These days we hear people confess their beliefs in all sorts of things – many of them false. These days we are inundated with many ‘truths’ and many ‘beliefs’. The reason we have so many different truths is because people do not want to admit their unbelief. People do not want to know their faith is in something false.
Remember the Aesop’s fable about the boy who cried wolf? After many false alarms from the boy about a wolf attacking the sheep, the townspeople quit believing the boy’s word. In times of old, God sent His prophets to speak in His name, to give His people His holy word of promise. They were promised salvation through a Redeemer who would bring God’s people back to righteousness.
Prophet after prophet over thousands of years spoke of the Messiah. Many people fell away from belief because they had not seen the fulfillment of God’s promise. To be fair, just like today, many false prophets say they speak in God’s name but they really speak for themselves. This is why we must remain in God’s word. When we turn from the word of God to the word of man, we too begin to fall away, we too begin to doubt. We doubt our friends, our family, our brothers and sisters and yes, even the very promise of our God.
If only we could put our doubts and our fears in the hands of our Savior. Well have no fear. I bring you good news. His word comes to you this day. That promise of God at the beginning of life has been fulfilled in the resurrection of His only Son. Our Redeemer Lives! God’s word has been fulfilled and we are now heirs to His kingdom. No more shall we doubt because we have been given God’s word and it has been placed in our hands.
The hands of our Savior were pierced and the blood of the Lamb of God has taken away the sin of the world. From his hands to our hands, we are given his promise of life everlasting in his house. Through the Holy Spirit we are given the faith of Christ. Through his death and resurrection, we are saved and through his spirit we can believe without doubt.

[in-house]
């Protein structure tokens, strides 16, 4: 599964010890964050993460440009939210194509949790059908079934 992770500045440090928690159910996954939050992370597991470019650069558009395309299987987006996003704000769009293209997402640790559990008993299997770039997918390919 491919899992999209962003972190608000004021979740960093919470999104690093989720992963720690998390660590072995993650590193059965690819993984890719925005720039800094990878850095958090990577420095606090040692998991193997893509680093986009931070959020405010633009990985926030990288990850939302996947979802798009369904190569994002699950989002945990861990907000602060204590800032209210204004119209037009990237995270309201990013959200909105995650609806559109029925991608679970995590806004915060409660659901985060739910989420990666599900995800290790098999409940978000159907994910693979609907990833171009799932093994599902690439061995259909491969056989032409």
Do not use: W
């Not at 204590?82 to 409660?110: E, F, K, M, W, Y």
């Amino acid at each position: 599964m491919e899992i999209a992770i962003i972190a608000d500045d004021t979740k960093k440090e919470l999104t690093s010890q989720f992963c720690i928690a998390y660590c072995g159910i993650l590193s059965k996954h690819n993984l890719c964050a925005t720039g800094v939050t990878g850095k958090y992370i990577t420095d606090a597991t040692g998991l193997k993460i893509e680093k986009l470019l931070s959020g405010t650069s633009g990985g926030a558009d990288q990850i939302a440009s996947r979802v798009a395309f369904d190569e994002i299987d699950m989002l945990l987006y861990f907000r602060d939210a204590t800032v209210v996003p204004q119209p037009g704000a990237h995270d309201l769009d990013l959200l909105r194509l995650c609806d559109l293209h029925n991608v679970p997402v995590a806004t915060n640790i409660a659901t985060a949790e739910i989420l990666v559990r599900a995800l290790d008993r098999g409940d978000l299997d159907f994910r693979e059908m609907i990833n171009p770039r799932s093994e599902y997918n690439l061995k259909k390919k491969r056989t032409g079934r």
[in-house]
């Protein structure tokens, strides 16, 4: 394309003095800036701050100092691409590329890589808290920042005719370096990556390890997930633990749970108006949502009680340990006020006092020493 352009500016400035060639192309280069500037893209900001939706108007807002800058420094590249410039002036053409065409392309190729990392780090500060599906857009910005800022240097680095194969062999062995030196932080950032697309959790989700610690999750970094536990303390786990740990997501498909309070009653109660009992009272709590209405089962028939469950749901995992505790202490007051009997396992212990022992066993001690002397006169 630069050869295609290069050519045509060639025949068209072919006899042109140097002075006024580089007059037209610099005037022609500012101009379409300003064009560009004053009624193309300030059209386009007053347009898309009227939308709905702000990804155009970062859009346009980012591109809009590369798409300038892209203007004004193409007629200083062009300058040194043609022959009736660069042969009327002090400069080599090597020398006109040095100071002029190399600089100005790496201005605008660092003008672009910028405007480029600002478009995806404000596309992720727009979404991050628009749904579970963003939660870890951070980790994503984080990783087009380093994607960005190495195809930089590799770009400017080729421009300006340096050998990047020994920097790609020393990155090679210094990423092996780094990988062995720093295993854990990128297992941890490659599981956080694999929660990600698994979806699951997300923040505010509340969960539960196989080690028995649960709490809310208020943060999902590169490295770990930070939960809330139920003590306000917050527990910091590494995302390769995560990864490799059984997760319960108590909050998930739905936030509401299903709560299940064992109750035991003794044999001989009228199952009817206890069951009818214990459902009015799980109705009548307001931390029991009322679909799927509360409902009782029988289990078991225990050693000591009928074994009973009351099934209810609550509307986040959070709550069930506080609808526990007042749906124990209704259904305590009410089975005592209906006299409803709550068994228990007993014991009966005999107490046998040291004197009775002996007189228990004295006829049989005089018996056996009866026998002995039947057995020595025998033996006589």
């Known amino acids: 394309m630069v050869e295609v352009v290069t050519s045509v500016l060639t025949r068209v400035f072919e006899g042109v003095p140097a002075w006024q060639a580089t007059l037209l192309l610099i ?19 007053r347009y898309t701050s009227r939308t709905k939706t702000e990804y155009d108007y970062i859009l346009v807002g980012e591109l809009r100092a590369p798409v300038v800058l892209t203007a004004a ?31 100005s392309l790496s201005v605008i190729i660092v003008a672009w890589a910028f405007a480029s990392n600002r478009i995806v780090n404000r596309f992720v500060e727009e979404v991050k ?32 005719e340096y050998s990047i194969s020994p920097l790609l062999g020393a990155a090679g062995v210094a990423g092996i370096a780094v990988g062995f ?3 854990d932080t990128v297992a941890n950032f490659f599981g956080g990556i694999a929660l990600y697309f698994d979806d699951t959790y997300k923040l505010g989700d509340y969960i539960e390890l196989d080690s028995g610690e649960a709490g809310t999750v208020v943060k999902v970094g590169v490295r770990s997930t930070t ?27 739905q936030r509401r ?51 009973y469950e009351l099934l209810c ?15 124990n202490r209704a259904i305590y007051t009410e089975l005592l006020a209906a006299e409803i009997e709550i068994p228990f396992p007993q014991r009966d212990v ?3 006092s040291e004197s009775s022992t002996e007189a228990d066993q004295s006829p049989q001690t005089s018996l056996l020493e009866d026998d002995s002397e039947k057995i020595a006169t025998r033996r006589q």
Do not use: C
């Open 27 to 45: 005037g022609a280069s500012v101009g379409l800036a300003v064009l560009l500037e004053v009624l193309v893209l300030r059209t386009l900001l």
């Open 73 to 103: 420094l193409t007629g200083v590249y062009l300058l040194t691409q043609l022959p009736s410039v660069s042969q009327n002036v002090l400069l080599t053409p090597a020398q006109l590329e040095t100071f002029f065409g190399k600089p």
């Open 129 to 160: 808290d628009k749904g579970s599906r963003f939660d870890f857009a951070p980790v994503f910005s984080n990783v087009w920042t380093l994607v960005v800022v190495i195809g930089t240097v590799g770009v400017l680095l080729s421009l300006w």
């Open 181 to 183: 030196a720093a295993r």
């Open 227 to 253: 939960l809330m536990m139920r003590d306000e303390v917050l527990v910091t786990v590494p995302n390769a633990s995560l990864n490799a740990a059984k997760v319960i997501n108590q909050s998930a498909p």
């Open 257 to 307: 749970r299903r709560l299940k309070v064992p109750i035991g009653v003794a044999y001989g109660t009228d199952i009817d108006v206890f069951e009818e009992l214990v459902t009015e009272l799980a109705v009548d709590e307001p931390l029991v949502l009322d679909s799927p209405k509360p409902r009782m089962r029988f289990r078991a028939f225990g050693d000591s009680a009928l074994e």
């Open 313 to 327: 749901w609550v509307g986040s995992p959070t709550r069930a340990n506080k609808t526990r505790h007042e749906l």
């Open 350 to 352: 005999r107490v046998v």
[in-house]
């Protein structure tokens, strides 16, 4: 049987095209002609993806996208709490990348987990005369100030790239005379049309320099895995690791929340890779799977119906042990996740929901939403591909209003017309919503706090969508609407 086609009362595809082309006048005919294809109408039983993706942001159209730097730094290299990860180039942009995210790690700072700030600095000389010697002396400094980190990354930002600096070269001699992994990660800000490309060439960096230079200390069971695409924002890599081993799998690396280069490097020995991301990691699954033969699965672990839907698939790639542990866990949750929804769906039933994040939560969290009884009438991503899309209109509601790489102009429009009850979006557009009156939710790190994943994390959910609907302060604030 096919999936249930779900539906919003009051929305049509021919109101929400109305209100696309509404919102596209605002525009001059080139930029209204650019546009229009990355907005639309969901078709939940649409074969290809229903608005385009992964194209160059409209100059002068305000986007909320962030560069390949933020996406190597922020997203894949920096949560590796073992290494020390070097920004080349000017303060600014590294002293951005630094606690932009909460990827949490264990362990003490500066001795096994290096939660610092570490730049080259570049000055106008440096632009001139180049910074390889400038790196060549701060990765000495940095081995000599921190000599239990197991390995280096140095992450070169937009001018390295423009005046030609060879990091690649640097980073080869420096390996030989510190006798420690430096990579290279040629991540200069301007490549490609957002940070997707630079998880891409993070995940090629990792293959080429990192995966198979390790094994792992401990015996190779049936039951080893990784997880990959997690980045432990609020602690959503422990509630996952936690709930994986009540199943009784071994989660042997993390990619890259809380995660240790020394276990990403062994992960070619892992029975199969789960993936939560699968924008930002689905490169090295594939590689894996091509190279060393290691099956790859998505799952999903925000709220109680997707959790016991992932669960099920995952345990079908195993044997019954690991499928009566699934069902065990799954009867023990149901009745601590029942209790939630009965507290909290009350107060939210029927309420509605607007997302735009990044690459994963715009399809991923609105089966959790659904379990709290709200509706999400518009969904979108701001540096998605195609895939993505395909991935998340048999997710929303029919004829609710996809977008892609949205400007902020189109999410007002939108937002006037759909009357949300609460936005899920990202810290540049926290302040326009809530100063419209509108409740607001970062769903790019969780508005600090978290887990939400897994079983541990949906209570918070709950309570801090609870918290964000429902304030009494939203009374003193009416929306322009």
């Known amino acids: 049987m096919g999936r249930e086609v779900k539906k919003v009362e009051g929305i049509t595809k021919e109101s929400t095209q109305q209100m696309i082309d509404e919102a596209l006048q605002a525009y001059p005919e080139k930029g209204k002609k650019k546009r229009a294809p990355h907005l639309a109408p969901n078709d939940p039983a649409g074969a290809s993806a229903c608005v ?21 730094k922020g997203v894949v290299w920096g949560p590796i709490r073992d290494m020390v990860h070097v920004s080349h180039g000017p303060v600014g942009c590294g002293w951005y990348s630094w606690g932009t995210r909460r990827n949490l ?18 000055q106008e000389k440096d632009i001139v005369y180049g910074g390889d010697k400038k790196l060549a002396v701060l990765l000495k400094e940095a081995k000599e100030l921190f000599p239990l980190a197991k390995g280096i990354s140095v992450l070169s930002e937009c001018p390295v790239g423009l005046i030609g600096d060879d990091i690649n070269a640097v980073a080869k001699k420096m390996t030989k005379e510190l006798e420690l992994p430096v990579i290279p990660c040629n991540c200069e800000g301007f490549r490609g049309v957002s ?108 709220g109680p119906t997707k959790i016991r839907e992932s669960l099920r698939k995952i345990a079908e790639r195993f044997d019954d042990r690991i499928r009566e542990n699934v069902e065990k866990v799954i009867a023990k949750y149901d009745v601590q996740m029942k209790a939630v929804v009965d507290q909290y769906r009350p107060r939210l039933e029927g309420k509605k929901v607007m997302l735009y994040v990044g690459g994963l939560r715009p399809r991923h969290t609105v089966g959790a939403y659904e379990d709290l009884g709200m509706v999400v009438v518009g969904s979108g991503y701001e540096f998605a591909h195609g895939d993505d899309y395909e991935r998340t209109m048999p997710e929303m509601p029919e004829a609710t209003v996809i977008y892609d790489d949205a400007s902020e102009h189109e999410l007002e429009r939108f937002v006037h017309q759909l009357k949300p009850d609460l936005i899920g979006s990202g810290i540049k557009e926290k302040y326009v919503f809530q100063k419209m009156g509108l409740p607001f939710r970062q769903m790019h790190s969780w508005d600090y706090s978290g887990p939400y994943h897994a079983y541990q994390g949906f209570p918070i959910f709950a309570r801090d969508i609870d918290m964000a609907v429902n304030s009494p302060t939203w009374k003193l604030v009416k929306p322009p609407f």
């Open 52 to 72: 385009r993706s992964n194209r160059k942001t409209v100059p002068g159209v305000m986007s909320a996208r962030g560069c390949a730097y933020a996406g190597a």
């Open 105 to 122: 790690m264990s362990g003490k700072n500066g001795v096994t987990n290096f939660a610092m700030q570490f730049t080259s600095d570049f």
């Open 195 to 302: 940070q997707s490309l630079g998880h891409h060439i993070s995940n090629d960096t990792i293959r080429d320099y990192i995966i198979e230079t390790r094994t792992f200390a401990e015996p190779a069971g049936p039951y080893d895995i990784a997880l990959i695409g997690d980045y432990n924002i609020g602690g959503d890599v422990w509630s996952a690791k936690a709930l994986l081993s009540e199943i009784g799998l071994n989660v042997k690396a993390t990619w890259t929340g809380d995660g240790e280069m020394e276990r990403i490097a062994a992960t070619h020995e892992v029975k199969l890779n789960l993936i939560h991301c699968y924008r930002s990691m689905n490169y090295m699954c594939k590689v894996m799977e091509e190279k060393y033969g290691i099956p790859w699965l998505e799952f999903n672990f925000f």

This faith is not our weak human faith that trusts only in what we can see, like the rising of the sun in the morning or the firm understanding that death awaits all things, but the everlasting faith through the Holy Spirit given to us in our baptism. The same Holy Spirit breathed into the disciples by Jesus Christ is now in us.
St. Peter proclaims:
Blessed be the God and Father of our Lord Jesus Christ! According to his great mercy, he has caused us to be born again to a living hope through the resurrection of Jesus Christ from the dead, to an inheritance that is imperishable, undefiled, and unfading, kept in heaven for you, who by God’s power are being guarded through faith for a salvation ready to be revealed in the last time. [1 Peter 1:3-5]
The Apostle Peter also addresses our place in this world and our faith. Even though we do not now see him, he says, we believe in him. What is the outcome of such faith? The salvation of your souls.
We can now take this faith into a world of doubt. Like the disciples, we may not always be able to convince the Thomas’ of the world about our faith in the Risen Redeemer. And so, we may have become afraid of confessing our faith as Jesus Himself commanded us.
For instance, do we pray out loud in the restaurant or are we afraid of what people would think? Do we worry more about paying our bills than giving to God? If I tell someone about Jesus, will they believe?
We have replaced the ‘I believe’ statements in our conversations with ‘I guess we all believe something different’. We don’t want to be ‘cancelled’, we don’t want to be labeled ‘intolerant’, we want to all get along and co-exist. This is how we lock ourselves in our own little rooms of self-doubt and fear.
Remember. These are the doubts of a sinful world. Just as we cannot save ourselves, we cannot save others. It is God’s grace that saves. It is the merits of Jesus Christ that redeems the lost. God’s word does what He says and His word does not return to Him empty.
John writes the words of God for all who have not seen so that they may believe. He writes so that all who were not there to touch Jesus or see his miracles may hear his word and believe. He writes these words so we may confess, as Thomas did that day, Jesus Christ as our Lord and our God.
God’s promise has been fulfilled. He has Risen! He has Risen indeed! But this is not the end of God’s promise. It may seem unbelievable for us to understand, but there is more! Remember that undeniable thing called death? Well, that word no longer means what it used to means. Through Jesus Christ, death no longer stings. By the blood of the Lamb, we now share in the victory over death. It sounds unbelievable but it is true. When our Lord and Savior said, “Receive the Holy Spirit.” [John 20:22b] That meant, “Receive resurrection from the grave and life everlasting”